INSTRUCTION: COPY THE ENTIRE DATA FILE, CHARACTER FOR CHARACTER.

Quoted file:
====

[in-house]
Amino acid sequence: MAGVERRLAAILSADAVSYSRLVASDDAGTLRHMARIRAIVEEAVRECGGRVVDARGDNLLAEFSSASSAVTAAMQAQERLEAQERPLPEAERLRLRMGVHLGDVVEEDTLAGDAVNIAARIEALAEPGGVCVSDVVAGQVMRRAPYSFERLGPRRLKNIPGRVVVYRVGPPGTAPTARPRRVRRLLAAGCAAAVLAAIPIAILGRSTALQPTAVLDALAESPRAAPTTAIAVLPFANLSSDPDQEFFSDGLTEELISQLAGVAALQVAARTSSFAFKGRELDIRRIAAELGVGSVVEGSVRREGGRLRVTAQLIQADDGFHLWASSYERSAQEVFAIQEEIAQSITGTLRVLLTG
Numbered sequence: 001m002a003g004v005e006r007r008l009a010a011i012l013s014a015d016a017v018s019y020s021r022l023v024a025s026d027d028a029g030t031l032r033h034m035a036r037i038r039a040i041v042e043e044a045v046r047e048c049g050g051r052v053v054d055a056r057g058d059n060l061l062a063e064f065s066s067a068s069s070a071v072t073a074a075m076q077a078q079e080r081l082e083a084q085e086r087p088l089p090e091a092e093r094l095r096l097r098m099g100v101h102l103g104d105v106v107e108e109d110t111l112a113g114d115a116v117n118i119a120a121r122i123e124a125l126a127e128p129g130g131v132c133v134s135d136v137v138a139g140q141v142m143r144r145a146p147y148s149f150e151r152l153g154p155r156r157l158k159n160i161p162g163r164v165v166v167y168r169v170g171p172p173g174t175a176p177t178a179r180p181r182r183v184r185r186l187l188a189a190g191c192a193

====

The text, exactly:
[in-house]
Amino acid sequence: MAGVERRLAAILSADAVSYSRLVASDDAGTLRHMARIRAIVEEAVRECGGRVVDARGDNLLAEFSSASSAVTAAMQAQERLEAQERPLPEAERLRLRMGVHLGDVVEEDTLAGDAVNIAARIEALAEPGGVCVSDVVAGQVMRRAPYSFERLGPRRLKNIPGRVVVYRVGPPGTAPTARPRRVRRLLAAGCAAAVLAAIPIAILGRSTALQPTAVLDALAESPRAAPTTAIAVLPFANLSSDPDQEFFSDGLTEELISQLAGVAALQVAARTSSFAFKGRELDIRRIAAELGVGSVVEGSVRREGGRLRVTAQLIQADDGFHLWASSYERSAQEVFAIQEEIAQSITGTLRVLLTG
Numbered sequence: 001m002a003g004v005e006r007r008l009a010a011i012l013s014a015d016a017v018s019y020s021r022l023v024a025s026d027d028a029g030t031l032r033h034m035a036r037i038r039a040i041v042e043e044a045v046r047e048c049g050g051r052v053v054d055a056r057g058d059n060l061l062a063e064f065s066s067a068s069s070a071v072t073a074a075m076q077a078q079e080r081l082e083a084q085e086r087p088l089p090e091a092e093r094l095r096l097r098m099g100v101h102l103g104d105v106v107e108e109d110t111l112a113g114d115a116v117n118i119a120a121r122i123e124a125l126a127e128p129g130g131v132c133v134s135d136v137v138a139g140q141v142m143r144r145a146p147y148s149f150e151r152l153g154p155r156r157l158k159n160i161p162g163r164v165v166v167y168r169v170g171p172p173g174t175a176p177t178a179r180p181r182r183v184r185r186l187l188a189a190g191c192a193